And then we re-join the 101 and head north through further redwood parks, historic towns, and seaside villages.
It would be wrong to take the Redwood Highway without driving through all three ‘drive-thru’ trees, so our last stop is the Tour-Thru tree at Klamath, a ‘young’ redwood (under 800 years old) measuring 2m (7ft) across and 3m (9ft) high to squeeze through. Easy.
So we continue along the Redwood Coast towards Crescent City, pleased that we got up close and personal to California’s magnificent coastal redwoods. And we have the photos to prove it.
When to go: The redwood parks are open all year round, with winters mild (although wetter) with less visitors.
Travel Tips: Although the Avenue is only 52km (32 miles) long, take it slowly; grab a map at the entrance and go walking, cycling, or even rafting – spend a few days exploring the area.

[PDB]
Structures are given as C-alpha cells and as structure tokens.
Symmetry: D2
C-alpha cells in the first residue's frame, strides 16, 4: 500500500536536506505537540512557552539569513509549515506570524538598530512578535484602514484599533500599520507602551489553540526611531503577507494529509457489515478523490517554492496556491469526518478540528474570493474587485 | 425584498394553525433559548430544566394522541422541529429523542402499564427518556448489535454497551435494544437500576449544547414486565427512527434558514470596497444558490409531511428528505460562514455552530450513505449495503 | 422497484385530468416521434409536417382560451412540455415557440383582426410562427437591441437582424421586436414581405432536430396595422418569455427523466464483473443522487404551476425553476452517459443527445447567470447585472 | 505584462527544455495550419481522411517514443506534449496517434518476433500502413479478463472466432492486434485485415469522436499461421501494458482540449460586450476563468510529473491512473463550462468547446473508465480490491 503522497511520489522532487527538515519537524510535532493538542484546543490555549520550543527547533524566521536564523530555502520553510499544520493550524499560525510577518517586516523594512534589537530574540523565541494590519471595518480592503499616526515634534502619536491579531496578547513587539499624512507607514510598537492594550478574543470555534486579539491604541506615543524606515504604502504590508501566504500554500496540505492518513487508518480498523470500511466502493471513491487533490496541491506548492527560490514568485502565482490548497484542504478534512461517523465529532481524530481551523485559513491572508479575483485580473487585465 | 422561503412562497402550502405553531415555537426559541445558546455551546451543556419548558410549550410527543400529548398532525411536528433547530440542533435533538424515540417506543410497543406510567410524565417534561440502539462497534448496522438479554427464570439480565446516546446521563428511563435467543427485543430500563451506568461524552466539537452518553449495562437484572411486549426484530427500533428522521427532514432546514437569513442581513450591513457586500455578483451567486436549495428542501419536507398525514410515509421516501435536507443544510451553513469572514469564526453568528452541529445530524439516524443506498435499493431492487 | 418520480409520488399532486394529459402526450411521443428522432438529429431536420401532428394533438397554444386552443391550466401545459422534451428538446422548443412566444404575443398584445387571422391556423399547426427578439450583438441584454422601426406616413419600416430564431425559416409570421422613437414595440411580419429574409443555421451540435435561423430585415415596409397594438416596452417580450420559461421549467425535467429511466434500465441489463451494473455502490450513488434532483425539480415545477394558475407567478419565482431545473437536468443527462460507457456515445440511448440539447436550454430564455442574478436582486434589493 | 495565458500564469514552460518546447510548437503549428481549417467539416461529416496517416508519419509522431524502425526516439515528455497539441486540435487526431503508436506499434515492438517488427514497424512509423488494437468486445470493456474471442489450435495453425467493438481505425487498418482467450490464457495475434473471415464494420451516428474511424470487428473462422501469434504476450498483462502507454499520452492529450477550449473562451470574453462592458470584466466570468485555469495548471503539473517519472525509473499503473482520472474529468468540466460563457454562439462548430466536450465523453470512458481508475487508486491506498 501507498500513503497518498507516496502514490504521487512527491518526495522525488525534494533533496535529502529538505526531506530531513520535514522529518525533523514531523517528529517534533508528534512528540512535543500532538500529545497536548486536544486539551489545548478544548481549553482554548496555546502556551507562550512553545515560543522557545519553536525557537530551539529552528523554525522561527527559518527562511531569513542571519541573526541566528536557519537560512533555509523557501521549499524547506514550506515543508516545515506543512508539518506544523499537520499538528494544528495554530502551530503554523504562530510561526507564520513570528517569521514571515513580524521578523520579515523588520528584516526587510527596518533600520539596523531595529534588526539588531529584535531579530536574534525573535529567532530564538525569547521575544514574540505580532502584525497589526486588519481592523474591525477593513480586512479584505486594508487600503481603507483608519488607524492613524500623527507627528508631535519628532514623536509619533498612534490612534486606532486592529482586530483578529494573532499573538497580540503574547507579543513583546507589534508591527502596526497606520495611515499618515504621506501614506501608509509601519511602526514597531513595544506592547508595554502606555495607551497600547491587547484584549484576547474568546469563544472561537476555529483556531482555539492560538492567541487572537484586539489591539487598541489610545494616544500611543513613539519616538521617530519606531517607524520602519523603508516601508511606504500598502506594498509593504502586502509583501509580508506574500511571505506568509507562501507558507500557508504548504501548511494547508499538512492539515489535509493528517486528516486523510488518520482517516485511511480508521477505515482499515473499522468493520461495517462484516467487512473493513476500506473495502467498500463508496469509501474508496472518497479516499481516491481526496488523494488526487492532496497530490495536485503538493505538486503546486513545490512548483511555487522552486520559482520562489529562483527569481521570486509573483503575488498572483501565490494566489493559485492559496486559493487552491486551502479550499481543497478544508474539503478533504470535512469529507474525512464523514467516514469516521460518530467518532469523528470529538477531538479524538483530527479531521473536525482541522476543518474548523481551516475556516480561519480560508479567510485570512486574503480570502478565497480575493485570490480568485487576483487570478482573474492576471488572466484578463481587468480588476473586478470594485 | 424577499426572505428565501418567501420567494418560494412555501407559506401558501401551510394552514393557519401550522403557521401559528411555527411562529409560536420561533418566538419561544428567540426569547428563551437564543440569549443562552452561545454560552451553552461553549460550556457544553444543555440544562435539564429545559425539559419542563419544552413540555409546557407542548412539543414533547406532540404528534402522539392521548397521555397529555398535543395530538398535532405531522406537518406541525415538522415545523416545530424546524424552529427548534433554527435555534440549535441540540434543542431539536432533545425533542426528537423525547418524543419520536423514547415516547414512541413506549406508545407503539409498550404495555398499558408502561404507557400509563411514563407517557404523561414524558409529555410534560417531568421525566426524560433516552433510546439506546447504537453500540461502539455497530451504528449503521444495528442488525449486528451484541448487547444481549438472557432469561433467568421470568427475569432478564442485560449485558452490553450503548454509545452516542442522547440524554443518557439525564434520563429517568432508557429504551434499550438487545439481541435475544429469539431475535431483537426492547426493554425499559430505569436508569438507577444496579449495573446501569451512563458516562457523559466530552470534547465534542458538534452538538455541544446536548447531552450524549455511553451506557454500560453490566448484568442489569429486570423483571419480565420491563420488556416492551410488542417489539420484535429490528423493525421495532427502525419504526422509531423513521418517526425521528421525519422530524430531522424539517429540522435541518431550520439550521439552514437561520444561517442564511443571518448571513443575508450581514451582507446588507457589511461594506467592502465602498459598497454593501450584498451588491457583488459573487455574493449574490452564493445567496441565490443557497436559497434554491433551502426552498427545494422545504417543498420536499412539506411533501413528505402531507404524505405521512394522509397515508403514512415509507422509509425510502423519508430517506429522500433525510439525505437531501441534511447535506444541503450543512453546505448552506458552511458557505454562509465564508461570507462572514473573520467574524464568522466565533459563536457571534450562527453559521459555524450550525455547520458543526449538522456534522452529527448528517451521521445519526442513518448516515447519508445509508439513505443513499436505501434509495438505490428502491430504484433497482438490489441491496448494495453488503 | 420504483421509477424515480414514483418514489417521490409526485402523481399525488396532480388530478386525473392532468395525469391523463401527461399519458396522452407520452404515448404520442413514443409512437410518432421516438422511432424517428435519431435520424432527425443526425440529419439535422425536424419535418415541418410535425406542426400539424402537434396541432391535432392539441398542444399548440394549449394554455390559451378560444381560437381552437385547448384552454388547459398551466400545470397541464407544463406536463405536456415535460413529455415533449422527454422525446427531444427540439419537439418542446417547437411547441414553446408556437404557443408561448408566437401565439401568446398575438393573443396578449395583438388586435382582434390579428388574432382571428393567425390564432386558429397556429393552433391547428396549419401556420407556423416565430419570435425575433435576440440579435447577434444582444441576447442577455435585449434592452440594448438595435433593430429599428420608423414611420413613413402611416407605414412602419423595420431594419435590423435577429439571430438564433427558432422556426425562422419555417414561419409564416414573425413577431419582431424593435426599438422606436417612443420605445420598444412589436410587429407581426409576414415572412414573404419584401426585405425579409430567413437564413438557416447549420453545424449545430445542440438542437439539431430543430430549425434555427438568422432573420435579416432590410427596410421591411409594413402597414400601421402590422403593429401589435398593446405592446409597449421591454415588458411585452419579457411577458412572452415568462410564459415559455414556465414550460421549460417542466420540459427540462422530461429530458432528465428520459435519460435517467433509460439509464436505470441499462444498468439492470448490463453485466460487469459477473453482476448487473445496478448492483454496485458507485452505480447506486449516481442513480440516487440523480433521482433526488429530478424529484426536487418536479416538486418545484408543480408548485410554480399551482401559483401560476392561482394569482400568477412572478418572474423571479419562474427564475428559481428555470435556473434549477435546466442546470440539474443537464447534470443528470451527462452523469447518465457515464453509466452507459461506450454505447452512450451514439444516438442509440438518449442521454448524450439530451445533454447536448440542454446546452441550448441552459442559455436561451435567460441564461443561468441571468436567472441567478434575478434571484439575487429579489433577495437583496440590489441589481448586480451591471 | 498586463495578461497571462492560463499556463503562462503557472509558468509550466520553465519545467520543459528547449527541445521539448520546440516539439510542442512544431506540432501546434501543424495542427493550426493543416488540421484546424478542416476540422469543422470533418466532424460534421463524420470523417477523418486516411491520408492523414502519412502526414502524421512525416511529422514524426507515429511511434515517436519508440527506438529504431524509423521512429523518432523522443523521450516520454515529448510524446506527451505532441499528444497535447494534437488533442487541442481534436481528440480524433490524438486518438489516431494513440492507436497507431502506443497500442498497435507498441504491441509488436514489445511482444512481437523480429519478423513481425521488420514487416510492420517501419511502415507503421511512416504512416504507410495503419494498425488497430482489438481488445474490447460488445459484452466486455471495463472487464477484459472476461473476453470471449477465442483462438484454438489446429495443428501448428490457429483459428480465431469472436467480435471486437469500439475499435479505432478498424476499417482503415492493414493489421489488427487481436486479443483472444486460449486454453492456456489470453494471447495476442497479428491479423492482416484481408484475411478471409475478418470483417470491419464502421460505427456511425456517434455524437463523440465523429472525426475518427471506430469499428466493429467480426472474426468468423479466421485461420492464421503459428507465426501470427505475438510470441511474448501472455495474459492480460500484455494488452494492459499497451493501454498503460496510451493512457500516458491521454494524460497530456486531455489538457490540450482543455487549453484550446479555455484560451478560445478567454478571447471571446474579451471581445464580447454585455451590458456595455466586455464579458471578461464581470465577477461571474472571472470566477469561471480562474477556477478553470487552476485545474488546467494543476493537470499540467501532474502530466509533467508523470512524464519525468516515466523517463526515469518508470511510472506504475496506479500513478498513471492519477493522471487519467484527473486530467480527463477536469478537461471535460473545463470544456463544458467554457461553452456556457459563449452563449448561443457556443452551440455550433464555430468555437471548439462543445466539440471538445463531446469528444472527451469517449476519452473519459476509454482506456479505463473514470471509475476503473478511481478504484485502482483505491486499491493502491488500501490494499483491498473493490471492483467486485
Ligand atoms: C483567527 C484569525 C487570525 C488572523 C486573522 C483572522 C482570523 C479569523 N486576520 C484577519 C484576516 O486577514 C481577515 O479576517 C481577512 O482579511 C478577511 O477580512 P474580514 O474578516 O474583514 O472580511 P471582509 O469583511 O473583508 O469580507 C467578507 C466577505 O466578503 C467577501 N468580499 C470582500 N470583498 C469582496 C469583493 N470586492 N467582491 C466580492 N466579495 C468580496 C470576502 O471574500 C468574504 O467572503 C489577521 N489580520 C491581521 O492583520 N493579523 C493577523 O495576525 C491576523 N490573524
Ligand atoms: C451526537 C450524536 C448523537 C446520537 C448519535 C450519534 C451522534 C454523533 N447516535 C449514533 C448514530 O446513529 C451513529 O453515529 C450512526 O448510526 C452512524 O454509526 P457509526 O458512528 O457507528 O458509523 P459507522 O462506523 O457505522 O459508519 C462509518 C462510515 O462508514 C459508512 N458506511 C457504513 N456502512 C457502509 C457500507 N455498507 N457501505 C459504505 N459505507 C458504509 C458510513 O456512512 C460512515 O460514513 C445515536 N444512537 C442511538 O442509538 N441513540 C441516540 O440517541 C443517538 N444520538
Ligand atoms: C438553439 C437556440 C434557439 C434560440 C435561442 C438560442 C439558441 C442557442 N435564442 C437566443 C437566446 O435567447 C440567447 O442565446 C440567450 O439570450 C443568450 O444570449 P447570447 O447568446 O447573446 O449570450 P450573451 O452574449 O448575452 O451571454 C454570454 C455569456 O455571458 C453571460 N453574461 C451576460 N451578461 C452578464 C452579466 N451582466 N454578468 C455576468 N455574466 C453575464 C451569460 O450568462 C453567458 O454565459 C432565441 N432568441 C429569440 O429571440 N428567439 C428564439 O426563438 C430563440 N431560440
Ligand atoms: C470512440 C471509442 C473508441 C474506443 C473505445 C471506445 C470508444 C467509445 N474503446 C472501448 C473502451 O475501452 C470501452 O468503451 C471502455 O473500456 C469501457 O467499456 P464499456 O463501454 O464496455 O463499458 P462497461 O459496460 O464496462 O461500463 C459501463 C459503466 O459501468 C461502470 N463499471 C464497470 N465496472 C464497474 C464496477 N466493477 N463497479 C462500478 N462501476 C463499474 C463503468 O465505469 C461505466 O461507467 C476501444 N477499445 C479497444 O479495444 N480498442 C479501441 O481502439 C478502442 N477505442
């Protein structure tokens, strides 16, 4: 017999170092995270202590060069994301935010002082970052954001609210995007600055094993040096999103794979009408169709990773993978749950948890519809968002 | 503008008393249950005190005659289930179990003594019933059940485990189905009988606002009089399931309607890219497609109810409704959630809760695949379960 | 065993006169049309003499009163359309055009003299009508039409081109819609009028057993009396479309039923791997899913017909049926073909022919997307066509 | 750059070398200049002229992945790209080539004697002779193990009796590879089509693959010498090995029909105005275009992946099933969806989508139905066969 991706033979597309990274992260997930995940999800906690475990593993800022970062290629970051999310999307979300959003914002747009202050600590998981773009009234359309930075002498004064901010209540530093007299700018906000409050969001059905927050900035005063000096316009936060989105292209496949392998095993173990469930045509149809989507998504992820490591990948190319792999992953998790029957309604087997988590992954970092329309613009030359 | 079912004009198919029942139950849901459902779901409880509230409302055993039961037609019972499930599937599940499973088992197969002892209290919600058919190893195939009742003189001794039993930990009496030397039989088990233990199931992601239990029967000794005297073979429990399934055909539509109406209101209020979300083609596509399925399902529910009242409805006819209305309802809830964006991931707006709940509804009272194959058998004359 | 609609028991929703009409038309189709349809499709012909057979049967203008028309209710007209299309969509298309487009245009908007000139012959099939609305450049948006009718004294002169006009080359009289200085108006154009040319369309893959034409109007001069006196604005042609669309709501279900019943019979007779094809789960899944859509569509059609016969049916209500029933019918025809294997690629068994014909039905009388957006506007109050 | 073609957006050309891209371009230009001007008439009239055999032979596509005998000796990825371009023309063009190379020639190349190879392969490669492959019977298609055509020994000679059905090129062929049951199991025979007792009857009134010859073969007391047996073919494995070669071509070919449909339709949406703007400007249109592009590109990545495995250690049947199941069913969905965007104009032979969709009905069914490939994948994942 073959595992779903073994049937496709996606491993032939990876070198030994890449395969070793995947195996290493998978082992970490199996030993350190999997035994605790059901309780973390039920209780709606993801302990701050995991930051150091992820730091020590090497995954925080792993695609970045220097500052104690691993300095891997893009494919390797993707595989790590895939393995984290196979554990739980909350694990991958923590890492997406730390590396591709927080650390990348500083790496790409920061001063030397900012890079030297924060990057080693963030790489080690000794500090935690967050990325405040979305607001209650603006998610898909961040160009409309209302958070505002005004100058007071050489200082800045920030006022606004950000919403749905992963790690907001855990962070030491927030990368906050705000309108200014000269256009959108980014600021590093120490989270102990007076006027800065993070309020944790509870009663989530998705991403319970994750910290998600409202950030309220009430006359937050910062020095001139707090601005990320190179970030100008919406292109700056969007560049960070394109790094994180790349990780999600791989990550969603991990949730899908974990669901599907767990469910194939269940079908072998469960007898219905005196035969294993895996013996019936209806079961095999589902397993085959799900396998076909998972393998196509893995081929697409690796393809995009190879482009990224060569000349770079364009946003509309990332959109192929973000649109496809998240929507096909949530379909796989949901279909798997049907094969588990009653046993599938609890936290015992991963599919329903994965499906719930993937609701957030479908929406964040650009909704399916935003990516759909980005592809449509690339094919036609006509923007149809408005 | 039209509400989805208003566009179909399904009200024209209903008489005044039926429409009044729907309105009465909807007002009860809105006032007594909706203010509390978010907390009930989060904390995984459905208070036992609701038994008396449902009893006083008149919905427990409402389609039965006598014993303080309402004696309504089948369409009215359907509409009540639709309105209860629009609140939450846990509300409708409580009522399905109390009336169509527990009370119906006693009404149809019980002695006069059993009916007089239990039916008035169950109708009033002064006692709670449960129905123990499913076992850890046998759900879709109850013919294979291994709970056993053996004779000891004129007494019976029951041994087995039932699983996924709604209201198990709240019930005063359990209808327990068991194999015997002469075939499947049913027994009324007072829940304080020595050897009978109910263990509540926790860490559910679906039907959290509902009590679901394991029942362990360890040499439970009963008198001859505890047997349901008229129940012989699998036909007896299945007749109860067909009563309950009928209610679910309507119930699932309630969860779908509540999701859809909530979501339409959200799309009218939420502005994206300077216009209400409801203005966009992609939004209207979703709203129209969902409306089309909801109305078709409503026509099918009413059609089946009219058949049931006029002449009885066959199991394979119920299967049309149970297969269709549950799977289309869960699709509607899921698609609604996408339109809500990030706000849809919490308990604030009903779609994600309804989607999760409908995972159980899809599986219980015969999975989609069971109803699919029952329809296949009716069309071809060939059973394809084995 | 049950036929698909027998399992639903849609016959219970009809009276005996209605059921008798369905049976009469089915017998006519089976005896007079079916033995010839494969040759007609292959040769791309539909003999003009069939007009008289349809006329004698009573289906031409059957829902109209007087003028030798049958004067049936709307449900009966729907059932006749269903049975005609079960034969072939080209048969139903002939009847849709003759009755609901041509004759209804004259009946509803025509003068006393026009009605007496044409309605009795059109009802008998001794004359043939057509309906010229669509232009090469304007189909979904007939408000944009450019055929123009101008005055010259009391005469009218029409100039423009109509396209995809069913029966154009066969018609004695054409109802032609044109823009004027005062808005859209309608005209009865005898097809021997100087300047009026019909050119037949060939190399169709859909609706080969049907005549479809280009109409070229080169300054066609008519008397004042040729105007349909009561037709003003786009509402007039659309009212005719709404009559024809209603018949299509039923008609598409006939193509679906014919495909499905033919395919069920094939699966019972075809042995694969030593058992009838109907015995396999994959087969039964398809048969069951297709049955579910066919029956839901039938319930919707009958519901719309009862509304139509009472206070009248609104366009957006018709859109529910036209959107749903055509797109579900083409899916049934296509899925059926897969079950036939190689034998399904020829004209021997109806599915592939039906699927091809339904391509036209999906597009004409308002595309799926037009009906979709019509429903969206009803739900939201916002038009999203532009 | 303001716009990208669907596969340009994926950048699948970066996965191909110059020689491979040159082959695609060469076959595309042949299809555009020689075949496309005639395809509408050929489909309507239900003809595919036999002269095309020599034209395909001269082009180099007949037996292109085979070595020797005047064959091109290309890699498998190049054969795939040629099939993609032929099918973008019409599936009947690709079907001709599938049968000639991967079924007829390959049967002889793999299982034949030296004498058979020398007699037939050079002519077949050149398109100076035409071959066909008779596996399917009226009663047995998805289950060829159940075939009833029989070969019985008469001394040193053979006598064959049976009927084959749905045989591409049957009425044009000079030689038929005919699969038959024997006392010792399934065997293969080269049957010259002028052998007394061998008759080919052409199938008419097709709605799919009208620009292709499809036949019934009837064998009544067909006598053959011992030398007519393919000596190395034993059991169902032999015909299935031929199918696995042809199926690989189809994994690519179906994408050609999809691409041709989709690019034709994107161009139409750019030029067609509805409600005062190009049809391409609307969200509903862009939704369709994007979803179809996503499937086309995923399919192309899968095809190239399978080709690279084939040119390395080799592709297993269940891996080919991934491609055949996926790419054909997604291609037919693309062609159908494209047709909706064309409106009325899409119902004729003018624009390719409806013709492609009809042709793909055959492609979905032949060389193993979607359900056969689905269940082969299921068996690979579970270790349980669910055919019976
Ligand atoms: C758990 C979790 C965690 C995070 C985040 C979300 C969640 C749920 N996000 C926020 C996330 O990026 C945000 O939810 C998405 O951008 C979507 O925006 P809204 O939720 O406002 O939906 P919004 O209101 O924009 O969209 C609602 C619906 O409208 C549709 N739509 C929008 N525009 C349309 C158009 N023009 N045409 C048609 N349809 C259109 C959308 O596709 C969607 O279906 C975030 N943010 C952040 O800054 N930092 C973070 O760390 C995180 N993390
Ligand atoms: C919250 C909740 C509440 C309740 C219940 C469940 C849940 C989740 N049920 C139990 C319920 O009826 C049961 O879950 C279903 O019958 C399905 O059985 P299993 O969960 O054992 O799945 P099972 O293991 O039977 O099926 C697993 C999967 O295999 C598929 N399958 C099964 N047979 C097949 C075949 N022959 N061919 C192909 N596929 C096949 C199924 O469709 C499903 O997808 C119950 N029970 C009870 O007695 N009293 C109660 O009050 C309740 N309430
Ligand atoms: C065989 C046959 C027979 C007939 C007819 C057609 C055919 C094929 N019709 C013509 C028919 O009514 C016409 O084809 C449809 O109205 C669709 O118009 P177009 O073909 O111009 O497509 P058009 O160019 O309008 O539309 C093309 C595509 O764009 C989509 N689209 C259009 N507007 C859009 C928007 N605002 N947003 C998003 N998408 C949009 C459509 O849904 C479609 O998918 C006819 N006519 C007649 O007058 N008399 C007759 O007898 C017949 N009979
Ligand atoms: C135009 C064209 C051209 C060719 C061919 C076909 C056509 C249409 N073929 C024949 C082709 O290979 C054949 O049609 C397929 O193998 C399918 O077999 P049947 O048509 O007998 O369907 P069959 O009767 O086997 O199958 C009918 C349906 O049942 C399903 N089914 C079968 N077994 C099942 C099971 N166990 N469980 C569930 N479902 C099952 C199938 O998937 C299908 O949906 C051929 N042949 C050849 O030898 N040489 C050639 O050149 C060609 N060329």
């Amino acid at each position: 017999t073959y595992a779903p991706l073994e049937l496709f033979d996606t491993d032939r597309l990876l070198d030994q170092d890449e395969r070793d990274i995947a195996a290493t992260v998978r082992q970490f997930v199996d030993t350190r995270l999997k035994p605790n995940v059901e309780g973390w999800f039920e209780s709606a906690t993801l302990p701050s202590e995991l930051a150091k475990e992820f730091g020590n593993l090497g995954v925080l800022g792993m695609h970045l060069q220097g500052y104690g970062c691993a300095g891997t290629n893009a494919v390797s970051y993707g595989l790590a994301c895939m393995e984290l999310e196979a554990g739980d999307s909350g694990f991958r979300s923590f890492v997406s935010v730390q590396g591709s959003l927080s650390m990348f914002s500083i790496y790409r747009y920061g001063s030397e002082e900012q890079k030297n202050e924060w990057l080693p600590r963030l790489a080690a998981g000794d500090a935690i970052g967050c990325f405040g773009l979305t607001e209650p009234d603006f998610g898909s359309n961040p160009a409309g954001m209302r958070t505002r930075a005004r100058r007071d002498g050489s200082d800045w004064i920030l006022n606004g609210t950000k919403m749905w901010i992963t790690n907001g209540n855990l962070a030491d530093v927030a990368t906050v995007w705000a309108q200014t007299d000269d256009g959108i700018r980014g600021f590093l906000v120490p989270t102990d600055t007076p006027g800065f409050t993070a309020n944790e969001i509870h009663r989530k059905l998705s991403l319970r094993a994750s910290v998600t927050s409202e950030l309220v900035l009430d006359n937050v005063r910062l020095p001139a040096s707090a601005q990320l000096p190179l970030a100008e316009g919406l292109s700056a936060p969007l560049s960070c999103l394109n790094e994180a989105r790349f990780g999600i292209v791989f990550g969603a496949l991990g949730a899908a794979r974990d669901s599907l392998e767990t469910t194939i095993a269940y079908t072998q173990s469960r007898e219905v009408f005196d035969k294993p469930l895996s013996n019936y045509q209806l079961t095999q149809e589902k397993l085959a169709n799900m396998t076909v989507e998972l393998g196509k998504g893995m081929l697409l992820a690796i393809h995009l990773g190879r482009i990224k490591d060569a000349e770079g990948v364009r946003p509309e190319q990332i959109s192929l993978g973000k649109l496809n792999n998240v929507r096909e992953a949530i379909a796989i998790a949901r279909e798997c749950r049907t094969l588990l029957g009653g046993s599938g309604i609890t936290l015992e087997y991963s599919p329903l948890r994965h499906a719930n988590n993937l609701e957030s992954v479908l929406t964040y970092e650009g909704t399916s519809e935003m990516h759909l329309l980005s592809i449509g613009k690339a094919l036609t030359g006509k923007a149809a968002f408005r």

Where to stay: The park has over 250 campgrounds, with Burlington Campground on the Avenue open all year offering nature trails, fishing and swimming.
An alternative to chain motels en route is Garberville’s historic Benbow Inn, which has an elegant restaurant and award-winning wine list. Myers Country Inn is a cosy B&B with fantastic forest views. The Miranda Gardens Resort has a heated swimming pool and rustic cottages, some with whirlpool baths and kitchens. And in Ferndale, the 19th century Victorian Inn offers charming rooms with vintage furnishings.